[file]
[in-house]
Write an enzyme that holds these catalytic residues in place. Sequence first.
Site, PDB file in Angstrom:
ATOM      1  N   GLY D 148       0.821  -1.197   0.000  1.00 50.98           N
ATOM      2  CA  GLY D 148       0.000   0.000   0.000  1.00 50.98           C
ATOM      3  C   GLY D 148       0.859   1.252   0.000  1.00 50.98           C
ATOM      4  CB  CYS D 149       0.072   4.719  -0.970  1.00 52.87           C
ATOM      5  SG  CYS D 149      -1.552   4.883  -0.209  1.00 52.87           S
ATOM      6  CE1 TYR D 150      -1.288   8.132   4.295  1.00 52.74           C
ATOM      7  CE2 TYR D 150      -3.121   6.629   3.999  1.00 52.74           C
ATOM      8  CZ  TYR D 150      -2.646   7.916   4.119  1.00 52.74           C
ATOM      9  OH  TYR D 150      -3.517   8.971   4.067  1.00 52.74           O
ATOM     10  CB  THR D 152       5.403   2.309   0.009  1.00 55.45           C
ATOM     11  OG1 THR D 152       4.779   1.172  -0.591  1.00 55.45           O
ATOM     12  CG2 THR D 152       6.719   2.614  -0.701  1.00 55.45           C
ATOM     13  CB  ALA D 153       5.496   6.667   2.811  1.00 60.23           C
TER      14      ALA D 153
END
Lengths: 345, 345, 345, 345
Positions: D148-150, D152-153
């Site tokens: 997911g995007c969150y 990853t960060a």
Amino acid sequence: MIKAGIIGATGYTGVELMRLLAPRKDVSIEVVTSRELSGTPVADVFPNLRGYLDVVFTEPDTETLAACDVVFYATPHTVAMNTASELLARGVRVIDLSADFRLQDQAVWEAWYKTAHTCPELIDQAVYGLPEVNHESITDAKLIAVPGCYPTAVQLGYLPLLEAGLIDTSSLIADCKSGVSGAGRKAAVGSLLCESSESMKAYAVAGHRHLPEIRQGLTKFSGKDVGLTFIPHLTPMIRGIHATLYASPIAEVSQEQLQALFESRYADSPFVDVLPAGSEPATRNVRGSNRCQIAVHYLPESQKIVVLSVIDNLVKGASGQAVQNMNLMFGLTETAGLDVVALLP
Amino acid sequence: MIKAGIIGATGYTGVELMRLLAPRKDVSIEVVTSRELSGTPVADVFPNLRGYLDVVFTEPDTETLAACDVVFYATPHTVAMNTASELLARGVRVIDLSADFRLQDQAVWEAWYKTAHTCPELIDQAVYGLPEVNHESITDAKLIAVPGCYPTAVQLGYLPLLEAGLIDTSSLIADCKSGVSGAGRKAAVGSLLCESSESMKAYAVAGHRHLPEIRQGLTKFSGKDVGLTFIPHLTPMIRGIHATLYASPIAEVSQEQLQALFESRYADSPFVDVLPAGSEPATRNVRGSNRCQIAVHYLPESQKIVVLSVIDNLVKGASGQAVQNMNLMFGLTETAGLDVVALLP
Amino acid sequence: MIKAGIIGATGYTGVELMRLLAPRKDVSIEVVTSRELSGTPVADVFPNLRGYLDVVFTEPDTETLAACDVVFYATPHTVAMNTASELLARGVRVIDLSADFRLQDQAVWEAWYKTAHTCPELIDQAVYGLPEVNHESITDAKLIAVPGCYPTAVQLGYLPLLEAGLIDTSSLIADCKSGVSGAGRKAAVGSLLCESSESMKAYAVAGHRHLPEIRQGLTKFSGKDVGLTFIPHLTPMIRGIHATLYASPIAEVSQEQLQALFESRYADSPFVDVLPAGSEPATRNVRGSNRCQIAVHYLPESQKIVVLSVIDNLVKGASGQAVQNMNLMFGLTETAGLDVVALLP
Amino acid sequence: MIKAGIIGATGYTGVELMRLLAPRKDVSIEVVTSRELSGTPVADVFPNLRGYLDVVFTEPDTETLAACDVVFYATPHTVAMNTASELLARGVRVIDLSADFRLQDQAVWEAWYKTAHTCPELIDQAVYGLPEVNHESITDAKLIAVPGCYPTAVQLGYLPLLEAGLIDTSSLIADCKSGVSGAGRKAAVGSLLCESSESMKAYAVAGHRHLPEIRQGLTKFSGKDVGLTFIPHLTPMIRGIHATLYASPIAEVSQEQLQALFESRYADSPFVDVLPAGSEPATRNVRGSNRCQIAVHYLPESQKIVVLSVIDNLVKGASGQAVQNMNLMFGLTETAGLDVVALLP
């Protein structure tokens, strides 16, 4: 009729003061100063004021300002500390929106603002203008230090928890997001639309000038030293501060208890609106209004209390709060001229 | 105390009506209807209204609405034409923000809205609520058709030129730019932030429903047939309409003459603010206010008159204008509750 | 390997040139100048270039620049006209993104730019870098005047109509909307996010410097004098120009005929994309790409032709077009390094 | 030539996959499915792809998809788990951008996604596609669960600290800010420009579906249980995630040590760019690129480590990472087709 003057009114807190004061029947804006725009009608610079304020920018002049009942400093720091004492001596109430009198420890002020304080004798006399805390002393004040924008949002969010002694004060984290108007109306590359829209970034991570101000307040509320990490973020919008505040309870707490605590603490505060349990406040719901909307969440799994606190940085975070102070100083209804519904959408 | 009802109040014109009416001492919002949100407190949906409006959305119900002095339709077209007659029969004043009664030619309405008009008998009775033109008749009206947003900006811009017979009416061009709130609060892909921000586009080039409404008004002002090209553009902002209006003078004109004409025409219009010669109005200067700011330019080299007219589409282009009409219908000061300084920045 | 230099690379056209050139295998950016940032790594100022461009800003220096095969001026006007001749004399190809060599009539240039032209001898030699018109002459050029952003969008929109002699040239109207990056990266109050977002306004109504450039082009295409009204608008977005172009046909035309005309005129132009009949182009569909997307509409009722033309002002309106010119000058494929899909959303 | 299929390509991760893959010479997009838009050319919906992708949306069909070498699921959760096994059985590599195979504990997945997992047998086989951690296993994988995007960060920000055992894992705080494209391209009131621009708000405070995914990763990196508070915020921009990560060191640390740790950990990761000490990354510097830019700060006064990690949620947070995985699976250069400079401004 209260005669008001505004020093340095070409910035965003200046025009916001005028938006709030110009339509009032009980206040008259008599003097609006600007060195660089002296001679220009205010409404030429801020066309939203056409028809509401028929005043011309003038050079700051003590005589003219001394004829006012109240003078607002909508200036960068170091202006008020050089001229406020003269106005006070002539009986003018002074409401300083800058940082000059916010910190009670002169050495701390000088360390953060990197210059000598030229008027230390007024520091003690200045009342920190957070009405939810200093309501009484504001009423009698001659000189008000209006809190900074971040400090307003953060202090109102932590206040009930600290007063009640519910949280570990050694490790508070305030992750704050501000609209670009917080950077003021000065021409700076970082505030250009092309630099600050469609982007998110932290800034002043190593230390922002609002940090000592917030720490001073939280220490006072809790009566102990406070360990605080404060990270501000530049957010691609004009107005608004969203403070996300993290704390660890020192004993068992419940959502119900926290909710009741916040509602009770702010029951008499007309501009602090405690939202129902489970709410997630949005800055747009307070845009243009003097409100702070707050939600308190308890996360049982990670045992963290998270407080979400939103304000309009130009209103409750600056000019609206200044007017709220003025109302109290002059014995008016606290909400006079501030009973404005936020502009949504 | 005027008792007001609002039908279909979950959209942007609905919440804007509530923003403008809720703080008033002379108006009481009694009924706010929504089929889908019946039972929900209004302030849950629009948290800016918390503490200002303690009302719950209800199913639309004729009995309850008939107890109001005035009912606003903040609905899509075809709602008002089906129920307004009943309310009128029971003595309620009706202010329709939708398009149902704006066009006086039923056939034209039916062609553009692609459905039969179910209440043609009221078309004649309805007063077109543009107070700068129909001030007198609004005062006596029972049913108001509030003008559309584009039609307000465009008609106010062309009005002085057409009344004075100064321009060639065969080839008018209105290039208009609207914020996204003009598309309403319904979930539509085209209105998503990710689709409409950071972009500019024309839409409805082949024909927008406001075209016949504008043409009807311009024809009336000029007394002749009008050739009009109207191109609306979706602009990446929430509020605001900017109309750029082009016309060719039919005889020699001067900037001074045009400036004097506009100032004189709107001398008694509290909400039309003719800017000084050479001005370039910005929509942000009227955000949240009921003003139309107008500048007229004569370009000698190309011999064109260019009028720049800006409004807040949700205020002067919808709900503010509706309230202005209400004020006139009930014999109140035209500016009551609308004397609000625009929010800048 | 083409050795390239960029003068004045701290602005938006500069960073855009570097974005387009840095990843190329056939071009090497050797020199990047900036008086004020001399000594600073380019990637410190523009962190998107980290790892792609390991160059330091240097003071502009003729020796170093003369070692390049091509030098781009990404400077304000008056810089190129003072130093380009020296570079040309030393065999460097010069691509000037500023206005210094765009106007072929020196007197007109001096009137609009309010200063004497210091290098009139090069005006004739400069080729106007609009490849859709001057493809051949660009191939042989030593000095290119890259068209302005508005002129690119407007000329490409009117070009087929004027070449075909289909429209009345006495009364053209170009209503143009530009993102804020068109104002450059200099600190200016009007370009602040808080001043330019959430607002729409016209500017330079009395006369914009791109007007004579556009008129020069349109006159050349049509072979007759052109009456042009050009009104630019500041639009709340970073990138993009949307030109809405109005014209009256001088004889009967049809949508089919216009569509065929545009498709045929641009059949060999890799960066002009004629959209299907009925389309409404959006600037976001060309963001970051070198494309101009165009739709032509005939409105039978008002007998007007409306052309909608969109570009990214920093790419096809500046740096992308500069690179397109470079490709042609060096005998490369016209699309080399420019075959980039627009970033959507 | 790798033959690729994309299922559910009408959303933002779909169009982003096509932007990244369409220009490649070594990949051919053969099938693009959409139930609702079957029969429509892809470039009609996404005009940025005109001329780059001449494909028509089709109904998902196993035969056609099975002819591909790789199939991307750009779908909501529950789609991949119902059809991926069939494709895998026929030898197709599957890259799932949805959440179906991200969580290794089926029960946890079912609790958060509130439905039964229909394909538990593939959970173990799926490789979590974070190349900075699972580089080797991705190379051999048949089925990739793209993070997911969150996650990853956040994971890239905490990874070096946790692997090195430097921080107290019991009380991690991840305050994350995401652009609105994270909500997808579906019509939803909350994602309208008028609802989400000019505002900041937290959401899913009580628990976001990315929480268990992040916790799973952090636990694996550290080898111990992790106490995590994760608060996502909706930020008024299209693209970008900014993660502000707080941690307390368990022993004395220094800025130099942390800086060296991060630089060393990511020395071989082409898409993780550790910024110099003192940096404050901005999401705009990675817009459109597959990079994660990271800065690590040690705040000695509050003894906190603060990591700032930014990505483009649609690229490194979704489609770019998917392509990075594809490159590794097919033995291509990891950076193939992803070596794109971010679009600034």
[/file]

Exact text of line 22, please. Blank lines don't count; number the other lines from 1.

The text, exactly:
Amino acid sequence: MIKAGIIGATGYTGVELMRLLAPRKDVSIEVVTSRELSGTPVADVFPNLRGYLDVVFTEPDTETLAACDVVFYATPHTVAMNTASELLARGVRVIDLSADFRLQDQAVWEAWYKTAHTCPELIDQAVYGLPEVNHESITDAKLIAVPGCYPTAVQLGYLPLLEAGLIDTSSLIADCKSGVSGAGRKAAVGSLLCESSESMKAYAVAGHRHLPEIRQGLTKFSGKDVGLTFIPHLTPMIRGIHATLYASPIAEVSQEQLQALFESRYADSPFVDVLPAGSEPATRNVRGSNRCQIAVHYLPESQKIVVLSVIDNLVKGASGQAVQNMNLMFGLTETAGLDVVALLP